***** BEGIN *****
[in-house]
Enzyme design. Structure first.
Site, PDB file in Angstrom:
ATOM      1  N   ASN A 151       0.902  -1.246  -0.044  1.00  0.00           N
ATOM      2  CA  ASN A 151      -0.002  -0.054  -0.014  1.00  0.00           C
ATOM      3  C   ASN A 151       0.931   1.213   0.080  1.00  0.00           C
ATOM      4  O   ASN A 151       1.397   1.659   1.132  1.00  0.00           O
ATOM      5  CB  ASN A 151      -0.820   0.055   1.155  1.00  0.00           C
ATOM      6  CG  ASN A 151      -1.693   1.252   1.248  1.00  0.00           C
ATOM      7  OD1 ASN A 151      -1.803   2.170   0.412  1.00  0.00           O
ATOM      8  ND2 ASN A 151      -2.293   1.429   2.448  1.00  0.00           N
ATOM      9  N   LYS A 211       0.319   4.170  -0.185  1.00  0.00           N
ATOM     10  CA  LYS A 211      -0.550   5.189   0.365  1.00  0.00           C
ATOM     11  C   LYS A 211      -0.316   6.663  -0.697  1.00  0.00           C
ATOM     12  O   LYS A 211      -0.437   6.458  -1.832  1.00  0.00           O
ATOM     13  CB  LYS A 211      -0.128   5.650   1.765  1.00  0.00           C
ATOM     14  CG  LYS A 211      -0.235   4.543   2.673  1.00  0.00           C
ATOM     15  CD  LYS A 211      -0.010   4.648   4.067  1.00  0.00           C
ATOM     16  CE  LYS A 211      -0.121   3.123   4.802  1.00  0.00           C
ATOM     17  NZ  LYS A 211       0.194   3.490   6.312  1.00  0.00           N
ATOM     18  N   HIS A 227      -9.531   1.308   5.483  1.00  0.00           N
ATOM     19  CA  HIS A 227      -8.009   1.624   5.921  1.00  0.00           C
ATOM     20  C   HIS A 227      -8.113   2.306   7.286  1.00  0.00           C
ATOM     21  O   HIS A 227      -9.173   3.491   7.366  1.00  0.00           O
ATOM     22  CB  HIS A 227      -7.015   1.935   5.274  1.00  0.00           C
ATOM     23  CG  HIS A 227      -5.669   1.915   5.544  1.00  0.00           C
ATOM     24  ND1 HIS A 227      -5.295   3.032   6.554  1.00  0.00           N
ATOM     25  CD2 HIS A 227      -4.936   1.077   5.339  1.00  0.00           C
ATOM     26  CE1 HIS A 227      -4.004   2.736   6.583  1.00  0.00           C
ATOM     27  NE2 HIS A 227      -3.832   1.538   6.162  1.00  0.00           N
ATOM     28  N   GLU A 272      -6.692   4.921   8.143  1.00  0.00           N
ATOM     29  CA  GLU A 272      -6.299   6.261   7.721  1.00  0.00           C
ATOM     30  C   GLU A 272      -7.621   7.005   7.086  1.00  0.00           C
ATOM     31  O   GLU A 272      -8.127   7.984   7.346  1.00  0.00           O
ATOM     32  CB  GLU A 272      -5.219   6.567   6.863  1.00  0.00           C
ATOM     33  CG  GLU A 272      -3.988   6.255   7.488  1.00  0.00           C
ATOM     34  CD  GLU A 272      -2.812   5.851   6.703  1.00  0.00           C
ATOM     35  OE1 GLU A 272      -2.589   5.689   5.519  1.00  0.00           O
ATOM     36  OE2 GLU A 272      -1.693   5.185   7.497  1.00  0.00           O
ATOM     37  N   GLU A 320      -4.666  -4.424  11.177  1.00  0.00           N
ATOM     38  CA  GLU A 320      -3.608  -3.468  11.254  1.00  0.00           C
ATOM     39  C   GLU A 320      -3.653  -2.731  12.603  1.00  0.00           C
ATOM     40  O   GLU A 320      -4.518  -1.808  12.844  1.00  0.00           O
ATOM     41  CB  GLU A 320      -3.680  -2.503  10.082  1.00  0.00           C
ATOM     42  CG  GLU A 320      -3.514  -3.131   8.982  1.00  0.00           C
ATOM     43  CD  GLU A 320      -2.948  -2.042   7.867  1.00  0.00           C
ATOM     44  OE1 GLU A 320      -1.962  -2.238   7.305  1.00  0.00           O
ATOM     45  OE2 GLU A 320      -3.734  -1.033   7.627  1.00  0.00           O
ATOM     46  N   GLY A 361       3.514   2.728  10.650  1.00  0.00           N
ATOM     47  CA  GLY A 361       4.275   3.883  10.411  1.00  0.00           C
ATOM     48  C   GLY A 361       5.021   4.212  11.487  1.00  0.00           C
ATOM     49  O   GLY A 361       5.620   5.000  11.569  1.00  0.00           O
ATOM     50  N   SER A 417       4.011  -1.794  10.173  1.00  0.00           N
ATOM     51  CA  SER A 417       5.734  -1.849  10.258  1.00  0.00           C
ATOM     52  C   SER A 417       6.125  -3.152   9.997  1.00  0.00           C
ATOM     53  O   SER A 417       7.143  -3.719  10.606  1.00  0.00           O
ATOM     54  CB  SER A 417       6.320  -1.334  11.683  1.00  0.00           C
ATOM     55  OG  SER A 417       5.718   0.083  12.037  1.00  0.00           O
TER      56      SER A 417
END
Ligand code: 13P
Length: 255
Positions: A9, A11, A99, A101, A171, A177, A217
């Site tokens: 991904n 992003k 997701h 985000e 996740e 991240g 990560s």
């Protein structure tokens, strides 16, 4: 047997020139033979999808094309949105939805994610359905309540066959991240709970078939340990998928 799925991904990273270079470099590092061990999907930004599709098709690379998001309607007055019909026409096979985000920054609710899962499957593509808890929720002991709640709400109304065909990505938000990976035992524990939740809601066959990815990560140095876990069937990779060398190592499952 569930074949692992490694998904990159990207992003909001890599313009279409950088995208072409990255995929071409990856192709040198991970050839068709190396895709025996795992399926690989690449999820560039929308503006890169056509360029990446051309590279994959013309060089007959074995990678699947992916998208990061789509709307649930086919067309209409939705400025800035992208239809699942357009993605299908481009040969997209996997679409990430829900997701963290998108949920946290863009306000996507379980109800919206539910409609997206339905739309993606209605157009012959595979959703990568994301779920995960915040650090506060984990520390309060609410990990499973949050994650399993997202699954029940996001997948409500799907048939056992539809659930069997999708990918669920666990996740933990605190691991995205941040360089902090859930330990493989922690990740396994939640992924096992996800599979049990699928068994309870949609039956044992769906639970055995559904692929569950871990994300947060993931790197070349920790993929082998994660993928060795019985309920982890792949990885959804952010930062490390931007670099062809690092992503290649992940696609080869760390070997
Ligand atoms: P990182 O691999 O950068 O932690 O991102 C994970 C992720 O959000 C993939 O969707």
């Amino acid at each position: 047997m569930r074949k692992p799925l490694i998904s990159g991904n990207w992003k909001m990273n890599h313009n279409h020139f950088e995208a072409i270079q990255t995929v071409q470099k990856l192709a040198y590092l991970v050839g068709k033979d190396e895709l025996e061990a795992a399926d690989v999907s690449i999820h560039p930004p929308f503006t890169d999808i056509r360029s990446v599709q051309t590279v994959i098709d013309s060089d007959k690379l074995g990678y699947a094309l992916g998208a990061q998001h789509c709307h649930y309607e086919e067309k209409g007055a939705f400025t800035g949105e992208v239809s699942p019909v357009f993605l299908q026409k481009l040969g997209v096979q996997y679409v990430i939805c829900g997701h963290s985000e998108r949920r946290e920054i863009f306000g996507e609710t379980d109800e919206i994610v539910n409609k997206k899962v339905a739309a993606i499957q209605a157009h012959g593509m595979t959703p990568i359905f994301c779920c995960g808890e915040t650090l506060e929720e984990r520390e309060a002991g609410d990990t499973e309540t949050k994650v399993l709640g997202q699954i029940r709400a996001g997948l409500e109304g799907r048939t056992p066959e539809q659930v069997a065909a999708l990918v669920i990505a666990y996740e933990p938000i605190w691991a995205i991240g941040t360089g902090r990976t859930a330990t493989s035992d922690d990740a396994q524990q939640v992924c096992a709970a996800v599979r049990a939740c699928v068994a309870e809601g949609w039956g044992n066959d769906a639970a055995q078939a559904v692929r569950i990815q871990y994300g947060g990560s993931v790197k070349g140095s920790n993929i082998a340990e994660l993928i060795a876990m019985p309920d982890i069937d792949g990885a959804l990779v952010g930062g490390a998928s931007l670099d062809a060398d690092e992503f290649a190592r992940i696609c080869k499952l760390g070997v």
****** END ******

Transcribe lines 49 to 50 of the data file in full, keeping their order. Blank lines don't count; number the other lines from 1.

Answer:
ATOM     46  N   GLY A 361       3.514   2.728  10.650  1.00  0.00           N
ATOM     47  CA  GLY A 361       4.275   3.883  10.411  1.00  0.00           C